Where to spend the night

Hotel stays are still the most popular form of lodging among Americans and Europeans, at 57 percent and 47 percent, respectively. However, other types of accommodations are gaining in popularity with travelers.

Magnolia Hotel, Victoria, BC
While peer-to-peer accommodations have been steadily gaining in popularity, Americans are still less likely than others to use person-to-person rentals or exchanges, at just 18 percent.

Among Europeans, that form of accommodation is just behind hotels, at 35 percent and is actually the most preferred lodging for the French at 42 percent - the only group for which hotels are not the number one option.

Within the rental/exchange segment, there are some differences by country. The French are the most interested in rentals of a private house or apartment from an individual, but are significantly less interested in renting a room in a private home or being part of a home exchange. Brazilians are the most likely to rent a single room in a house at 34 percent and Americans and the Swiss are tied in terms of utilizing home exchanges, at 19 percent.

Overall among Brazilians, the practice of staying in a local’s home while traveling is widely accepted as 41 percent have done so compared to 30 percent of Americans and 24 percent of Europeans. The same hierarchy holds true for hosting travelers in their own homes, with 18 percent of Brazilians, 14 percent of Americans and just seven percent of Europeans having hosted other tourists.

Further, Americans seemed stingier than others and more likely to seek out options that are nearly or completely free, like staying with friends or family. Some 32 percent expressed that proclivity, compared to 22 percent of Europeans.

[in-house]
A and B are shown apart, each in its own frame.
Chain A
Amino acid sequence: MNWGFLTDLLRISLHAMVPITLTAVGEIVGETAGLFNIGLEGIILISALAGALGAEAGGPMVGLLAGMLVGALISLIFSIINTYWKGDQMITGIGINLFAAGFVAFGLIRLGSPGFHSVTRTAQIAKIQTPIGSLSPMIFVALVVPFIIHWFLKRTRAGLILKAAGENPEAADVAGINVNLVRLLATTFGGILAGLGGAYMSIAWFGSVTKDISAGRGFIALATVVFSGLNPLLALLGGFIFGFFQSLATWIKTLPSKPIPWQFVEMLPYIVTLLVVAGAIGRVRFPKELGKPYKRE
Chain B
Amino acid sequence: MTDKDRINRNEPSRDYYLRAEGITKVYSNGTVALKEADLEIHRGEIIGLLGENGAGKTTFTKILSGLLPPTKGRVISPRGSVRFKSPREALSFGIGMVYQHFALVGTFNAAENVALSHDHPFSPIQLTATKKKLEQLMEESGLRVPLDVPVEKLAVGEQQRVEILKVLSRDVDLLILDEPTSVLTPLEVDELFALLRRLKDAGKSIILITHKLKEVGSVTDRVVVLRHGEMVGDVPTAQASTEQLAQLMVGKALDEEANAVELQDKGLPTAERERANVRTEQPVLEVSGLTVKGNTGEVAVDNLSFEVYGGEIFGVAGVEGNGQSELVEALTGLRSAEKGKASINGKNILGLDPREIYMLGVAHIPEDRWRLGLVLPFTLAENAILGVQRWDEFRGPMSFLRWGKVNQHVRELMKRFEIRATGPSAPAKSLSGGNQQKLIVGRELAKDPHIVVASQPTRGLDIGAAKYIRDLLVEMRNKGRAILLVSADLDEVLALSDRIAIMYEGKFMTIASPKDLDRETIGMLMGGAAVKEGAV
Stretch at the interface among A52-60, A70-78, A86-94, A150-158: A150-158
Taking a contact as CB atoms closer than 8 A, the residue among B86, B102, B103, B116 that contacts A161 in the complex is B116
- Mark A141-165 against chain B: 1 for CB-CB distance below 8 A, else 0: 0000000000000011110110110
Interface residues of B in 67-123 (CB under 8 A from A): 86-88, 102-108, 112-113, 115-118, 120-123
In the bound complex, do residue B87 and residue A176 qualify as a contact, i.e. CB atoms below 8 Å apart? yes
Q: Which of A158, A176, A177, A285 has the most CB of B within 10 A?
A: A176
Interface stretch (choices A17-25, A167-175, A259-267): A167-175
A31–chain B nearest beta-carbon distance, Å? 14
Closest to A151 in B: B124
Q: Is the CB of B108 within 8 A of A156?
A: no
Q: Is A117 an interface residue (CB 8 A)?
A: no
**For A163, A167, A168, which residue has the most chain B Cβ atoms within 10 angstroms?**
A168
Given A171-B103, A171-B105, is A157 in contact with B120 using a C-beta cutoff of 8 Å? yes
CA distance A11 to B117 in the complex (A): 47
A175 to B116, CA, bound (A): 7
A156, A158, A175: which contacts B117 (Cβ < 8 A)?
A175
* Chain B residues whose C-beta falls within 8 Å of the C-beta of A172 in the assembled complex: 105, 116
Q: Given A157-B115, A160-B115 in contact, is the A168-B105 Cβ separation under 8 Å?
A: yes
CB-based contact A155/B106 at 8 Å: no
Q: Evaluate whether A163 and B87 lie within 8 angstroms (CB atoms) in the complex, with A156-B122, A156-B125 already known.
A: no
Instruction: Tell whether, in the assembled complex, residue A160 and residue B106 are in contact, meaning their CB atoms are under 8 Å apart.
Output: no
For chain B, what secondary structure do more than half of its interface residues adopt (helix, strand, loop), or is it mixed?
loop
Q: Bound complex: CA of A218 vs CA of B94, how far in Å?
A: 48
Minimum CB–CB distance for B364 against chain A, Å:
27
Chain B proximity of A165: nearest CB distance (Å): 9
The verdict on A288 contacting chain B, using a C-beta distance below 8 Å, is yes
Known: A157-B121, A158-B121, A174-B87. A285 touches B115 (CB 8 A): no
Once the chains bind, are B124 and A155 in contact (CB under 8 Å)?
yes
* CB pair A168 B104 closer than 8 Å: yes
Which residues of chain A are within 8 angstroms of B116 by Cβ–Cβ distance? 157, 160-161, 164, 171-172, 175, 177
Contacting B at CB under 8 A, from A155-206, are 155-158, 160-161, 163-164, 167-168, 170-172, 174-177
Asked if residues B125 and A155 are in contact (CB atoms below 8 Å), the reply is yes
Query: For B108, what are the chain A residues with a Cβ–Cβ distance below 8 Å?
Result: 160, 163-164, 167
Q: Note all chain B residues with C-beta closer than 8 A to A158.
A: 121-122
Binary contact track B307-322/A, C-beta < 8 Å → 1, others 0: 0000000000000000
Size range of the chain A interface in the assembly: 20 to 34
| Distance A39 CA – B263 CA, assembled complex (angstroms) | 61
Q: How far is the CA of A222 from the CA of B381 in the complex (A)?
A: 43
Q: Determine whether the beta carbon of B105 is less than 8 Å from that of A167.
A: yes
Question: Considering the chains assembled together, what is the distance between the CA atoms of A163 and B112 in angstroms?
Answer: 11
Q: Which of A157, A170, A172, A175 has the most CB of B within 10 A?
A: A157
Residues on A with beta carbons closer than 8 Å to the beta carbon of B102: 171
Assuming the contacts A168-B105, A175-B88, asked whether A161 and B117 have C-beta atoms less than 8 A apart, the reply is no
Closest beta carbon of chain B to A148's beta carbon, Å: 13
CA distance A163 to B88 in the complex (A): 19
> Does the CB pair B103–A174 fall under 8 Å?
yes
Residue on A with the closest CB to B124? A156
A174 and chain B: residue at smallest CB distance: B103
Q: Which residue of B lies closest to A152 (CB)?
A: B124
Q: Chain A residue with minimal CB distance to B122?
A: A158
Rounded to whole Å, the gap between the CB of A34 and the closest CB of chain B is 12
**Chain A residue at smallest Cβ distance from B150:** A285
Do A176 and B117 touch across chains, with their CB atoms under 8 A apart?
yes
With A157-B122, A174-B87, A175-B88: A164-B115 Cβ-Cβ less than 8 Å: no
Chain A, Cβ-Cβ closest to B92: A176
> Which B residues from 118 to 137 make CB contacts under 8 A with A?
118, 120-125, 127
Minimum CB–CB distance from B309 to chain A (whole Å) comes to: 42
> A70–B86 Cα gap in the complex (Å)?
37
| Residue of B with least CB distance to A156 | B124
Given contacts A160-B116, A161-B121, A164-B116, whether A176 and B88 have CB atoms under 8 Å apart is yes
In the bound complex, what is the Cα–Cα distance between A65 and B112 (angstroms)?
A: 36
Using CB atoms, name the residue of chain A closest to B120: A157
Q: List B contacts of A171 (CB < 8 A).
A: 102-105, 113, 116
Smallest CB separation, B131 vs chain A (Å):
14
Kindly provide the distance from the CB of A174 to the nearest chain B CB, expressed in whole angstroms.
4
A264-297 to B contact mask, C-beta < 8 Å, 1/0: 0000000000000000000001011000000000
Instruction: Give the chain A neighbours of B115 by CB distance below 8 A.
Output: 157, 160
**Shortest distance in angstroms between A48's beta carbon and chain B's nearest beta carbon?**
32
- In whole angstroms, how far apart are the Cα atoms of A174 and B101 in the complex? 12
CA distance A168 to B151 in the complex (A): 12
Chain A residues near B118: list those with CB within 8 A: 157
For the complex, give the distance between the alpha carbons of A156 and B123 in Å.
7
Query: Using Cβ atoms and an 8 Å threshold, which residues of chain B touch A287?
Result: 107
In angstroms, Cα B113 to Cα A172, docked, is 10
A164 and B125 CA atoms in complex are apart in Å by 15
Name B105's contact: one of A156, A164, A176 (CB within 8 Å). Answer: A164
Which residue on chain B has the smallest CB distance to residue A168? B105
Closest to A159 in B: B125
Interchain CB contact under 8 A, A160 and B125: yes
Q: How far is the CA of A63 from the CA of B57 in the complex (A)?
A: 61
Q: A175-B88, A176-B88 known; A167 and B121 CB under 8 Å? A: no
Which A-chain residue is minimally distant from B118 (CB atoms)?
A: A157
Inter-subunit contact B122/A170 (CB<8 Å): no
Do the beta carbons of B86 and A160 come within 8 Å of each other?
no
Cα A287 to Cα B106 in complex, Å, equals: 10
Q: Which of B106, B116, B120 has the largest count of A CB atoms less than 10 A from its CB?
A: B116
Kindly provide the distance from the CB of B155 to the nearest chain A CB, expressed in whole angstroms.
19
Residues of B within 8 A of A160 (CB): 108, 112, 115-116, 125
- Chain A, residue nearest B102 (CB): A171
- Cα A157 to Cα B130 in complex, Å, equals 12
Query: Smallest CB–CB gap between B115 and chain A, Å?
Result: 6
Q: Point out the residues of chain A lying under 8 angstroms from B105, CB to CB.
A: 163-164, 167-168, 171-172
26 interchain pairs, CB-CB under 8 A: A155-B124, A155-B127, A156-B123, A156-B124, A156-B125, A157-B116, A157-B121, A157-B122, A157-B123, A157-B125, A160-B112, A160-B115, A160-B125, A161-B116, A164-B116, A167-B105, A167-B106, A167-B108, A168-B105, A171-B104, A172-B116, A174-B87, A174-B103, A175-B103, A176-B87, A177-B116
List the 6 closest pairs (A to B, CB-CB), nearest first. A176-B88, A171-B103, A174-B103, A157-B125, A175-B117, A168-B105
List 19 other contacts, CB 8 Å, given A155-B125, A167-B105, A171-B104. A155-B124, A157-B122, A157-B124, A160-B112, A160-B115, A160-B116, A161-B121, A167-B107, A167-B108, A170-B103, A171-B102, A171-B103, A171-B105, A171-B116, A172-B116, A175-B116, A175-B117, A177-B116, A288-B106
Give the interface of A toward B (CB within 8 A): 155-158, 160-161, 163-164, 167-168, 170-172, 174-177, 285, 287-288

I review; do you?

Social media continues to play a growing role in the making of travel plans. Online peer reviews are now the third most-important factor for Americans and Europeans alike, at 31 percent. The Most Important Factor When Selecting Lodging? For Americans, it’s the location, while Europeans prize value and price. Amenities and photographs of the property rank fourth and fifth, respectively, for both demographic segments.

Finally, the company noted that most Americans who plan to travel this summer indicated that they are covered by some form of insurance policy protecting against risks like lost or stolen baggage, medical coverage, vehicle breakdown, or transportation accident. However, only about a third have policies that cover a transportation strike or natural disaster.

The most popular way travelers purchase coverage is through their credit card companies, but there are persistent misconceptions about the level of coverage provided.

“I would encourage all travelers to take a close look at their policies wherever they purchase them and make sure that they are inclusive of everything they may need on their trip,” Carnicelli concluded.

Visit my main page at TheTravelPro.us for more news, reviews, and personal observations on the world of upmarket travel.



Photos by Carl Dombek